History of the Boilermaker Trade
"Boilermakers" are trades people whose job it is to build and install large heating and pressure containers, boilers and vats. These workers are also responsible for the maintenance and repair of old or broken boilers and are often called on to read and interpret blueprints, update boiler foundations with reference points, test boilers for leaks and defects, and assist crane operators in moving boilers.
Boilermakers Exposed to Asbestos on the Job
Beginning in the 1920's, boiler manufacturing companies favored the use of asbestos for insulation because it was inexpensive and very effective at fireproofing boilers. Several boiler manufacturers utilized asbestos extensively including Babcock & Wilcox, Combustion Engineering, Foster Wheeler, Kewanee and more. Asbestos served many functions. Pipes were wrapped with asbestos blankets, floors and walls were also blanketed to ensure heat and fire resistance, and joints and doors were sealed with asbestos gaskets.
Unfortunately, boilermakers, given the nature of their trade were frequently exposed to airborne asbestos fibers. This exposure, especially exposure of long duration, was later found to result in severe, sometimes fatal health issues. The risk was particularly high for boilermakers because their job function often required them to hammer and file rough areas on the edges of the boilers that contained asbestos. This process caused asbestos fibers to get into the air. Because they worked in tight spaces with inadequate ventilation, boilermakers were even more at risk for developing an asbestos related illness.
A boiler can last for thirty or more years. Older boilers require more maintenance and repair work often involving the replacement of old asbestos insulation with new material because it was cracked or damaged due to age. This is why boilermakers continue to have an elevated risk of asbestos exposure.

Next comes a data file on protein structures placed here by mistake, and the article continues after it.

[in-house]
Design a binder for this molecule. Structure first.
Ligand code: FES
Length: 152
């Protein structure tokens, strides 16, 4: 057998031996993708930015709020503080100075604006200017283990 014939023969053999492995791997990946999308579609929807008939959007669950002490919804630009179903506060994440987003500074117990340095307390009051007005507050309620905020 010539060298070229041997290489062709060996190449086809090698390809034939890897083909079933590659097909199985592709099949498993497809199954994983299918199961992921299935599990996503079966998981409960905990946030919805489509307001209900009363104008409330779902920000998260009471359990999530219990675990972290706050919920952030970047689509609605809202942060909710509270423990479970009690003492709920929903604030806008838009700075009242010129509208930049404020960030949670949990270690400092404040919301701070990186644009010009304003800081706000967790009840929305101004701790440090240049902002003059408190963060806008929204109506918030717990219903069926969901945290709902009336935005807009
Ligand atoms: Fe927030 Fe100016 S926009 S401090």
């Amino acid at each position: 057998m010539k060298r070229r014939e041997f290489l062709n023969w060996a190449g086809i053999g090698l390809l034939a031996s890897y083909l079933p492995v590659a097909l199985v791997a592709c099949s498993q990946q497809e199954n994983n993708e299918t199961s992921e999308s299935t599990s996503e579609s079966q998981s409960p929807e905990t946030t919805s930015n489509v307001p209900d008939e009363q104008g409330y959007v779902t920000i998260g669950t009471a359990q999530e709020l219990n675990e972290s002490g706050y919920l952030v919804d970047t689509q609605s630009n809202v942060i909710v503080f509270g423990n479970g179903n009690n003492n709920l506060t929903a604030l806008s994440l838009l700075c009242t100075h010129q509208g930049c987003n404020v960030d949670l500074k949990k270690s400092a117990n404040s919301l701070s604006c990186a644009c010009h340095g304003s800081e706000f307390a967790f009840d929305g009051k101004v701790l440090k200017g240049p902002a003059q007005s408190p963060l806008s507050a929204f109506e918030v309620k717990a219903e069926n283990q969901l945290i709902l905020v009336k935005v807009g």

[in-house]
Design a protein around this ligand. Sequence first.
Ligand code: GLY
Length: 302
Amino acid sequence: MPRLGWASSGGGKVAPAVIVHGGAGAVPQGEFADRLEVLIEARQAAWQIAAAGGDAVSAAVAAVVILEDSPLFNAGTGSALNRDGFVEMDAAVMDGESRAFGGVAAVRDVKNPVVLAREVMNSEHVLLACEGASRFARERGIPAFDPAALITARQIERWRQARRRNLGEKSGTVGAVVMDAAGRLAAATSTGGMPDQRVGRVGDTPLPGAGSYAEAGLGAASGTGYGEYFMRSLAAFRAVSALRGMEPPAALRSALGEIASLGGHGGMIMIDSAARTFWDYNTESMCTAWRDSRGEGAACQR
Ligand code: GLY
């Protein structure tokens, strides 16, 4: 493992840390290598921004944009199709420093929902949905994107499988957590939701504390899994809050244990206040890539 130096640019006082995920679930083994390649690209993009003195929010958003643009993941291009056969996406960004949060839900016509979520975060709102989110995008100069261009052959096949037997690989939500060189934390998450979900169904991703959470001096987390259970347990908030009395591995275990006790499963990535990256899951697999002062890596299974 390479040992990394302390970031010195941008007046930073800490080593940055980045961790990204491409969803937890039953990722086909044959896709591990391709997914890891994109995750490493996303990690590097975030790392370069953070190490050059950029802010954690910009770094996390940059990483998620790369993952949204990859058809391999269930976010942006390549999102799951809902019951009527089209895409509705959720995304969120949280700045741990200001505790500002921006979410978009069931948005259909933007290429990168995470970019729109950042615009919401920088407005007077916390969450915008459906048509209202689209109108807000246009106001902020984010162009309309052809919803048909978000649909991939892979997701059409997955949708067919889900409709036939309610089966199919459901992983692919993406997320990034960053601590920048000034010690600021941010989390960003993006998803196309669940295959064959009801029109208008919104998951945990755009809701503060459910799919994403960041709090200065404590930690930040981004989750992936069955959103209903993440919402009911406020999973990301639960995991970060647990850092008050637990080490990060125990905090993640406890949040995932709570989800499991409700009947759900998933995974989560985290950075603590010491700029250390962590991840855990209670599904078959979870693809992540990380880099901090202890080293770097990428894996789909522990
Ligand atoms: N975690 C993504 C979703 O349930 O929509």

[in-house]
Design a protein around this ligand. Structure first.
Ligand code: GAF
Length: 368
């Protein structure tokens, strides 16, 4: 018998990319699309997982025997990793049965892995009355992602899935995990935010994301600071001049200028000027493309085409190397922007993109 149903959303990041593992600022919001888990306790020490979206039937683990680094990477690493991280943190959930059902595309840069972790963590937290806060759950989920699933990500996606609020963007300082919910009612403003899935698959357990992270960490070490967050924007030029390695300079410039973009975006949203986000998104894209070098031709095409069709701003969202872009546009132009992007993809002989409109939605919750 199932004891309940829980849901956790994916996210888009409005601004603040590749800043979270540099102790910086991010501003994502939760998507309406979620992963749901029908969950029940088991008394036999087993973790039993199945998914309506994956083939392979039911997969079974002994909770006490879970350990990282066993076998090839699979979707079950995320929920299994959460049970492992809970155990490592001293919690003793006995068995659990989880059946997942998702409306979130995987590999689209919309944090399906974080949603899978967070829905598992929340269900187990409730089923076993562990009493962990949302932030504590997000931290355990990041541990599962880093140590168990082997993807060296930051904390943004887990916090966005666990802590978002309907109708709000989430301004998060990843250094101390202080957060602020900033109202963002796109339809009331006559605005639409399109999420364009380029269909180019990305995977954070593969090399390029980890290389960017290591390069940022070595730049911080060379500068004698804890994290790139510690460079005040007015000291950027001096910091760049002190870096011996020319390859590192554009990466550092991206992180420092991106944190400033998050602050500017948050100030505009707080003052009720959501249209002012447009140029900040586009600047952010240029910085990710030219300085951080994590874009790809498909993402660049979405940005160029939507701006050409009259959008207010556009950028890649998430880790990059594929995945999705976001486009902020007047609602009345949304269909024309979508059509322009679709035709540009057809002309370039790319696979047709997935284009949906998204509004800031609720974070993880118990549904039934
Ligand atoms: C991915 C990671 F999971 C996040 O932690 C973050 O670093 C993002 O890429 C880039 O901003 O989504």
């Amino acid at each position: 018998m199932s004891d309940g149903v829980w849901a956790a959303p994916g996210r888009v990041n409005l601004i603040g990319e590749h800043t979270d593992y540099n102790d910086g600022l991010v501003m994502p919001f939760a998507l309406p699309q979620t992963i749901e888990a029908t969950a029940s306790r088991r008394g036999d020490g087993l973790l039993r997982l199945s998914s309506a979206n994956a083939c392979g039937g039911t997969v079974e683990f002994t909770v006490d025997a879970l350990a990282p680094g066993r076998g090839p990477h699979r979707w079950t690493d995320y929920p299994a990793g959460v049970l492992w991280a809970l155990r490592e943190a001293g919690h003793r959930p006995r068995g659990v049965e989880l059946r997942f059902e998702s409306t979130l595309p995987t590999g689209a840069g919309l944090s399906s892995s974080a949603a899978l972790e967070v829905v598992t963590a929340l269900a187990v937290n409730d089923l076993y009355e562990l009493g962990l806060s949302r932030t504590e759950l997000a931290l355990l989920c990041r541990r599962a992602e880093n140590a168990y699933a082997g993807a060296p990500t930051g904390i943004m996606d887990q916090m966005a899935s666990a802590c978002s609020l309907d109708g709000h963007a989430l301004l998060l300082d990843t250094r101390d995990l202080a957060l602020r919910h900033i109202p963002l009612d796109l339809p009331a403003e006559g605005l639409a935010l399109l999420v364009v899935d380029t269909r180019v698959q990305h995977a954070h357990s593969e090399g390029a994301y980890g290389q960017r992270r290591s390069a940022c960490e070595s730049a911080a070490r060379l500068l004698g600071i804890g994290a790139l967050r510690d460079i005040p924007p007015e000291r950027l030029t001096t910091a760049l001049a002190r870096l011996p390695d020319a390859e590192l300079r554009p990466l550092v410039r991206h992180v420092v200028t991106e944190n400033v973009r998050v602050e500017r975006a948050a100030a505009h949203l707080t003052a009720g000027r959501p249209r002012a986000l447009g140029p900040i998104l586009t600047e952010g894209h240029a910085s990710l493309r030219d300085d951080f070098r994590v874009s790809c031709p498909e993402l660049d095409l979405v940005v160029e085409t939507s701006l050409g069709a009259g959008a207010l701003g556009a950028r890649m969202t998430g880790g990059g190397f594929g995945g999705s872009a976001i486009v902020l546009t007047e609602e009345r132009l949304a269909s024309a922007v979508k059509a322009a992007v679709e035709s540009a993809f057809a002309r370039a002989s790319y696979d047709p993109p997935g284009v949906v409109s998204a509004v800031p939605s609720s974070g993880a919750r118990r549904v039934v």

Mesothelioma, Lung Cancer and Asbestosis are Common Diseases Found in Boilermakers
The dangers of asbestos exposure were becoming very obvious by the middle of the 1970's. There were more and more occurrences of workers developing pulmonary disease including lung cancer, asbestosis and the most severe form of asbestos cancer: mesothelioma. This was particularly evident in workers who had extended exposure to asbestos dust and fibers in an occupational setting. We will explore these illnesses in a little more detail:
Mesothelioma is a severe form of cancer. The primary mesothelioma cause is being exposed to asbestos. The disease can attack one or more areas but is generally seen in the lungs, the area surrounding the heart or in the abdomen. The organs themselves are not affected; rather it is the lining surrounding them that is attacked. Pleural mesothelioma is most commonly seen and involves the lining inside the lung. Peritoneal mesothelioma affects the stomach lining and pericardial mesothelioma affects the lining around the area of the heart.
Asbestos Related Lung Cancer
Unlike mesothelioma cancer, lung cancer can develop from exposure to a variety of substances. However, workers exposed to asbestos that also have a smoking history have a higher risk of developing lung cancer because the exposure can result in cancerous tumors that block the airways.
Asbestosis is a disease also caused exclusively by asbestos exposure where the exposure causes scar tissue to build in the lungs making it difficult for a person to breathe.
It is very common for much time to elapse from the end of asbestos exposure to the onset of an asbestos related disease. Oftentimes lung cancer will not show up until ten years after a person was exposed to asbestos and it is even long for asbestosis and mesothelioma. In those cases it can be as long as 30 or 40 years! This long latency period often delays diagnosis and contributes to a poor mesothelioma survival rate. Symptoms are often dismissed as common ailments in the early stages but can include chest pain, difficulty breathing, and a dry cough that may show blood.
Boilers are not consumable commodities and have a long life span. Therefore, asbestos exposure continues to be of concern in this trade as boilermakers are performing maintenance and repair work on older boilers that still contain asbestos material. In fact, there are still boilers being worked on today that contain asbestos which continues to put workers at risk for the above named diseases.